359 books on broad aspects of the subject are to be unreservedly welcomed. It is a formidable task, however, to bring together recent development in composite materials, especially isolated topics, with their use in safety-related structures. It is also all t o o easy for a b o o k which summarises papers delivered at a conference to lack coherence. Happily this is avoided with the present volume because of the careful way in which the Editors have selected their authors and thereby the topics. The b o o k is a composite volume of some fifty papers and covers comprehensive, rational and multi-disciplinary approaches to the problem of the design and production of fibrous composite structures. The texts are aimed at structural designers, materials and aerospace scientists, polymer chemists/physicists, and mechanical engineers specialized in industrial fabrication techniques. The b o o k may also be eminently readable by a wide range of people, moderate-to-highly specialized in other fields of engineering b u t with peripheral interest in composite technology. Papers are grouped together under session headings entitled: Aircraft Structures; Missile and Space Applications; Crashworthiness, Impact Damage, Post-Buckling and Dynamic Response; Special Design Considerations (composite repair, cost estimating, etc.); Laminate Plate Theories, Edge Effects, Flaw Growth; Helicopter Applications; Composite Joints; Other Applications (hydrofoil structures, flywheels, automative parts, etc.); Reliability and Durability Analysis; and Environmental Effects. After a brief statement of the problem, most of the papers make a useful excursion, with generous illustrations, through the various stages of design criteria, development of tooling, experimental techniques and the resulting conclusions and/or proposals. The variables in a design, matching these characteristics by the right material, using composite properties {related to failure processes, reliability, durability, environmental degradation and foreign object damage vulnerability) to their full advantage in the designing of structures, are all well presented. The contributors are drawn mainly from the research and development centres of the American aircraft industry and some large public institutions; in fact, only about a couple of the American Universities are represented in this book. From an "industrial" viewpoint some of the papers reflect both the growing influence of high-modulus, light-weight and high-strength fibre-reinforced materials on structures technology and the impact of these new materials on structural hardware, which will continue to require careful investigation in the coming years. The Fourth Conference on "Fibrous Composites in Structural Design" was a successor to the First-to-Third Conferences on "Fibrous Composites in Flight Vehicle Design". Whilst the first three conferences were aimed at focussing attention on flight vehicle applications of advanced composites which afforded, among other advantages, considerable weight saving, the fourth in the series was the first to give attention to "non-aerospace" applications of fibre-reinforced materials. According to the Editors of this volume, "while the design technolqgy for aerospace applications has reached a state of relative maturity, other areas of application such as military bridging, flywheel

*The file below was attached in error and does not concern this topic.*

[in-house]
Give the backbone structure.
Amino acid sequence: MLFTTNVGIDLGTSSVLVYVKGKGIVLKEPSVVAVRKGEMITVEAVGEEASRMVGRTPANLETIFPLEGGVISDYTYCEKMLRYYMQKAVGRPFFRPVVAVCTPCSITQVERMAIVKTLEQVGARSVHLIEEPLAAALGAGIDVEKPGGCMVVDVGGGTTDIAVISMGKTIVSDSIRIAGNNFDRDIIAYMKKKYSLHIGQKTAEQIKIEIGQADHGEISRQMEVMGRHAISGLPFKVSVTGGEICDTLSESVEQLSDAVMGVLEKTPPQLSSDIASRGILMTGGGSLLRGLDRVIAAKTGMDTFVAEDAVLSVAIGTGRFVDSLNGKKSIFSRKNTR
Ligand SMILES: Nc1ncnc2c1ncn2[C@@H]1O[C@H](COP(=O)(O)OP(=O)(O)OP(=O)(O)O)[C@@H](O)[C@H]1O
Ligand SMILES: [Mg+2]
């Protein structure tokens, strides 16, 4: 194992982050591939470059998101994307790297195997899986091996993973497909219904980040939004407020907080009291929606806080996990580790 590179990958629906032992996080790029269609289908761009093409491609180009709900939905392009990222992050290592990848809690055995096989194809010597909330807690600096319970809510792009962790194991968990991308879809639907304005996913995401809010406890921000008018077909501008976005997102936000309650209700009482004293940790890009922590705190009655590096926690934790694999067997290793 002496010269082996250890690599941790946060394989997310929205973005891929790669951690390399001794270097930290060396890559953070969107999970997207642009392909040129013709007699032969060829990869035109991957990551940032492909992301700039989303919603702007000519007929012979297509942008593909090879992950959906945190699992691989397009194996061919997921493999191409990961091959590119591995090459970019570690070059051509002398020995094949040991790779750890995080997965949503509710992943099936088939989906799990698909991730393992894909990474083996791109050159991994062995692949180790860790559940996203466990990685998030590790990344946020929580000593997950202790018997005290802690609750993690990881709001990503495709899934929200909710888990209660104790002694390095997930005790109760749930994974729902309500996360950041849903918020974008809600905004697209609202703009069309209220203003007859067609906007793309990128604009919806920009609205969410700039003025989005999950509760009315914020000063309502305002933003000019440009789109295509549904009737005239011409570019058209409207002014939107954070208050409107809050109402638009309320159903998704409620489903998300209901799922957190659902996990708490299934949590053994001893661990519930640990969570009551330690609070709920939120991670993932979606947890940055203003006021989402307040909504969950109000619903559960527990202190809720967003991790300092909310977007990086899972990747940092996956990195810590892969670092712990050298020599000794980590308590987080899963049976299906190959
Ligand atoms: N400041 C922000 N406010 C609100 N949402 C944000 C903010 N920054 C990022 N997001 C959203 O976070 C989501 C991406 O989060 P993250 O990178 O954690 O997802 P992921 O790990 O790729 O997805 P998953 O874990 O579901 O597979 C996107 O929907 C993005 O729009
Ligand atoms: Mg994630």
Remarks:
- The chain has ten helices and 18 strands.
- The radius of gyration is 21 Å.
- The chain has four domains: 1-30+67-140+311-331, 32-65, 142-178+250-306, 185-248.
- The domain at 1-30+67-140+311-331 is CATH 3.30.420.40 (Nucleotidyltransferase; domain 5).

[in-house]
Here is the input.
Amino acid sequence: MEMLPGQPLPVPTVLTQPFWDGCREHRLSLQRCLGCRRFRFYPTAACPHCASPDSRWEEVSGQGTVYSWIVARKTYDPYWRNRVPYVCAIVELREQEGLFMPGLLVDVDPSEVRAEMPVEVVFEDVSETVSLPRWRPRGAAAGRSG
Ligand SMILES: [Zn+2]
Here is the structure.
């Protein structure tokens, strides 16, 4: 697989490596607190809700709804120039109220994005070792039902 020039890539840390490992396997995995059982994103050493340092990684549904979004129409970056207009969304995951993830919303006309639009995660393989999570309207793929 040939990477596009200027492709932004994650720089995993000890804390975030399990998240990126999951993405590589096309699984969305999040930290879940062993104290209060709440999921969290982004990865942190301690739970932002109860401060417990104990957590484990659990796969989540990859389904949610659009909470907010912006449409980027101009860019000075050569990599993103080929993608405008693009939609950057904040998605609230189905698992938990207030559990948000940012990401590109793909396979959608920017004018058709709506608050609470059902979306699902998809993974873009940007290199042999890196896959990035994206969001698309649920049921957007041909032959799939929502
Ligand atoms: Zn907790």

360 energy storage systems, ship and surface vessel components, and ground vehicle parts are in an early stage of development, and it was an important objective to pinpoint where careful attention to structural design was needed in such applications to achieve m a x i m u m structural performance pay-off there is no real reason behind developing a new material or c o m p o n e n t if, by the time it is developed, the market is no longer there. Apart from the categories of professional people mentioned above, who will obtain quickly an almost authoritative grasp of the subject of fabrication and design of non-aerospace hardware with fibrous composites, the reviewer wishes to recommend this book also to managers working in all phases of the materials fabrication industry, who wish to see what is going on with such composites and where they are going; its perusal may stimulate both t h o u g h t and action. The quality of production is in accordance with the high standard to which one is accustomed from Plenum Press. This inevitably expensive book is worth its price and is one of those of which one can say w i t h o u t hyperbole that it should be in every scientific library, both in universities and in industry: since a researcher of the subject will, in all probability, wish to follow the references given (those lengthy American reports many of us long for!) this is perhaps a good location. It seems almost churlish to fault such a polished product, but one minor criticism can be made of the bewildering variety of units which are used, changing even within individual papers; it could have given greater uniformity if either a consistent system of units had been maintained or if, say, SI equivalents could have been given in parenthesis t h r o u g h o u t to aid in making comparisons at this "transitional" stage. Finally, after writing this passage, the reviewer asks himself if he has done justice to such a m o n u m e n t a l work of some 870 pages. He is, however, fortunate indeed that in return for this passage he receives a complimentary copy which he may pick up on m a n y future occasions both to wonder at the marvels of composite technology circa 1980 and to speculate, nervously, on the future t h a t awaits us. S.K. GHOSH

Modern X-ray Analysis on Single Crystals, by Peter Luger, de Gruyter, Berlin, 1980. ISBN 3-110-068303-7, xiii + 312 pages, 170 X 240 mm, numerous illustrations, hard cover DM96.00. Many excellent textbooks have been written on the basic ideas behind X-ray crystallographic techniques and on the application of these techniques to particular problems in, for example, chemistry, metallurgy and materials science. But there has been a need for a step-by-step guide for graduate researchers on how to set about the complete determination of a crystal struc-